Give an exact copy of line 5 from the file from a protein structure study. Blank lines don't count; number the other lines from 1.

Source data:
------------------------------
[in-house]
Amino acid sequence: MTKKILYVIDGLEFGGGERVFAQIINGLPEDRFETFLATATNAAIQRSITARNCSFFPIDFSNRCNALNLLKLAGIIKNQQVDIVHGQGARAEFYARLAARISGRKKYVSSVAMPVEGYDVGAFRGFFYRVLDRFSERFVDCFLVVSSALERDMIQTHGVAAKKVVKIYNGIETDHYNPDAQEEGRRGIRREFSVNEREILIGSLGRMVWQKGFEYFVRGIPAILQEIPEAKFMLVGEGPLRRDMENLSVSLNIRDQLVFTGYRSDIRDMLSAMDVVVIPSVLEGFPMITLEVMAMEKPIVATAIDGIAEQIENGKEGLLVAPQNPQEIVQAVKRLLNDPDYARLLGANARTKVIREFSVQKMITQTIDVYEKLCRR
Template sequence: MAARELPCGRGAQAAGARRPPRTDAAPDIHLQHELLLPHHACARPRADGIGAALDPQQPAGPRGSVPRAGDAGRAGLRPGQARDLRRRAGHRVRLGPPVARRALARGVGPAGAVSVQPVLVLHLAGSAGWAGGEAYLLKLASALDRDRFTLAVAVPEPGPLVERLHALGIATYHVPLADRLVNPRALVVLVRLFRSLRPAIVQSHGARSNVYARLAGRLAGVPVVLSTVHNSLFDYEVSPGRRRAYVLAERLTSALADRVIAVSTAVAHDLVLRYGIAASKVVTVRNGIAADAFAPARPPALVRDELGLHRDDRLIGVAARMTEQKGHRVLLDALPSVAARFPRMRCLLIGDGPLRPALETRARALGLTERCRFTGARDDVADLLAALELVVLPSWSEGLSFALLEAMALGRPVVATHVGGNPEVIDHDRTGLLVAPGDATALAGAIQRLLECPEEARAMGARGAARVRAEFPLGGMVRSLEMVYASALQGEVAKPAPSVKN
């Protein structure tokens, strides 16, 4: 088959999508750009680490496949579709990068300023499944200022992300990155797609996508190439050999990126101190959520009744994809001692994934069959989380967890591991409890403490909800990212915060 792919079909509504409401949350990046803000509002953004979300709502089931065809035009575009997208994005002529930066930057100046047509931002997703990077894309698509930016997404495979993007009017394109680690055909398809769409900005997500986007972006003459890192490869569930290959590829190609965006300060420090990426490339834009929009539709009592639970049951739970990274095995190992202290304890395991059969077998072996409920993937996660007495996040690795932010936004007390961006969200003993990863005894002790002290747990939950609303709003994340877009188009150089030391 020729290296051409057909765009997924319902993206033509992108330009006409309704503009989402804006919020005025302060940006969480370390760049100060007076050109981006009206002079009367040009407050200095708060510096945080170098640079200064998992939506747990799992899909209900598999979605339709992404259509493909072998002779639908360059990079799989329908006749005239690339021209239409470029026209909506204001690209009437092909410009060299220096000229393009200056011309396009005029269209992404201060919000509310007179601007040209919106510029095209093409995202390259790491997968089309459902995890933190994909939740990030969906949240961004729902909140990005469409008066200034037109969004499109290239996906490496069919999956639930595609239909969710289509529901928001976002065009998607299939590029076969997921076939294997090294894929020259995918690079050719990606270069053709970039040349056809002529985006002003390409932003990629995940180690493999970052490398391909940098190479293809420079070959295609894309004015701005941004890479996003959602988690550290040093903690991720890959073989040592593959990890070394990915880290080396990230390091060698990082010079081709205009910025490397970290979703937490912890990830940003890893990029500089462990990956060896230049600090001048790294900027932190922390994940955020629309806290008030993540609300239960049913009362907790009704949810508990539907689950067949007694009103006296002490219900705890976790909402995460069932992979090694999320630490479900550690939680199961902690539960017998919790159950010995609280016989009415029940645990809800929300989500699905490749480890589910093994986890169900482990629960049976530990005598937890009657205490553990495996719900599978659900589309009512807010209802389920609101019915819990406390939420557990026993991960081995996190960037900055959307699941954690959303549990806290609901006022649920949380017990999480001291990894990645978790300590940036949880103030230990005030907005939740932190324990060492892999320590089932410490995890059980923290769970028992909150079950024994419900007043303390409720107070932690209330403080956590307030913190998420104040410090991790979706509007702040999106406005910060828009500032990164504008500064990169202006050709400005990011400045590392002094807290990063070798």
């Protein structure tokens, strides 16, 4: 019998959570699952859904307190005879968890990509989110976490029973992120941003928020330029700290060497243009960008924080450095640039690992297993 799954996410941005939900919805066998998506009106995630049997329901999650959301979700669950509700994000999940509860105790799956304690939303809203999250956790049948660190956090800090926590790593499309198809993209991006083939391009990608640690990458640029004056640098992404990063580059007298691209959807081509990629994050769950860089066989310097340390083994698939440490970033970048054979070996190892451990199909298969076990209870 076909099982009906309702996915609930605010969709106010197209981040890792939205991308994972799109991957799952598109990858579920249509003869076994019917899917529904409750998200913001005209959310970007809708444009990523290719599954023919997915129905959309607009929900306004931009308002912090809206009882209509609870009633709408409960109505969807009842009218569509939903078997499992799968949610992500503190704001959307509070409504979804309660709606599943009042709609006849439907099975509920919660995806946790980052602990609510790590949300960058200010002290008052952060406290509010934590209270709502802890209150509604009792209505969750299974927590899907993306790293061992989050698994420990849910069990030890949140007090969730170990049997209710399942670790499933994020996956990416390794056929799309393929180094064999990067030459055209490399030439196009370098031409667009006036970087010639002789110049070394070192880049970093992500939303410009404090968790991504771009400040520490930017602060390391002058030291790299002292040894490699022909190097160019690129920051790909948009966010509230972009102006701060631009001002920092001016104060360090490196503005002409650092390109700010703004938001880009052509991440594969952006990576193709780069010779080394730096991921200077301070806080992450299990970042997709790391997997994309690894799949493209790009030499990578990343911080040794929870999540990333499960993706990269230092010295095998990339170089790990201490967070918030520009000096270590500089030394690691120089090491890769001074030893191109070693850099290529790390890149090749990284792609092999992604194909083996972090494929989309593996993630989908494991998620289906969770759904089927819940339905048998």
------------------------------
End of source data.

């Protein structure tokens, strides 16, 4: 019998959570699952859904307190005879968890990509989110976490029973992120941003928020330029700290060497243009960008924080450095640039690992297993 799954996410941005939900919805066998998506009106995630049997329901999650959301979700669950509700994000999940509860105790799956304690939303809203999250956790049948660190956090800090926590790593499309198809993209991006083939391009990608640690990458640029004056640098992404990063580059007298691209959807081509990629994050769950860089066989310097340390083994698939440490970033970048054979070996190892451990199909298969076990209870 076909099982009906309702996915609930605010969709106010197209981040890792939205991308994972799109991957799952598109990858579920249509003869076994019917899917529904409750998200913001005209959310970007809708444009990523290719599954023919997915129905959309607009929900306004931009308002912090809206009882209509609870009633709408409960109505969807009842009218569509939903078997499992799968949610992500503190704001959307509070409504979804309660709606599943009042709609006849439907099975509920919660995806946790980052602990609510790590949300960058200010002290008052952060406290509010934590209270709502802890209150509604009792209505969750299974927590899907993306790293061992989050698994420990849910069990030890949140007090969730170990049997209710399942670790499933994020996956990416390794056929799309393929180094064999990067030459055209490399030439196009370098031409667009006036970087010639002789110049070394070192880049970093992500939303410009404090968790991504771009400040520490930017602060390391002058030291790299002292040894490699022909190097160019690129920051790909948009966010509230972009102006701060631009001002920092001016104060360090490196503005002409650092390109700010703004938001880009052509991440594969952006990576193709780069010779080394730096991921200077301070806080992450299990970042997709790391997997994309690894799949493209790009030499990578990343911080040794929870999540990333499960993706990269230092010295095998990339170089790990201490967070918030520009000096270590500089030394690691120089090491890769001074030893191109070693850099290529790390890149090749990284792609092999992604194909083996972090494929989309593996993630989908494991998620289906969770759904089927819940339905048998």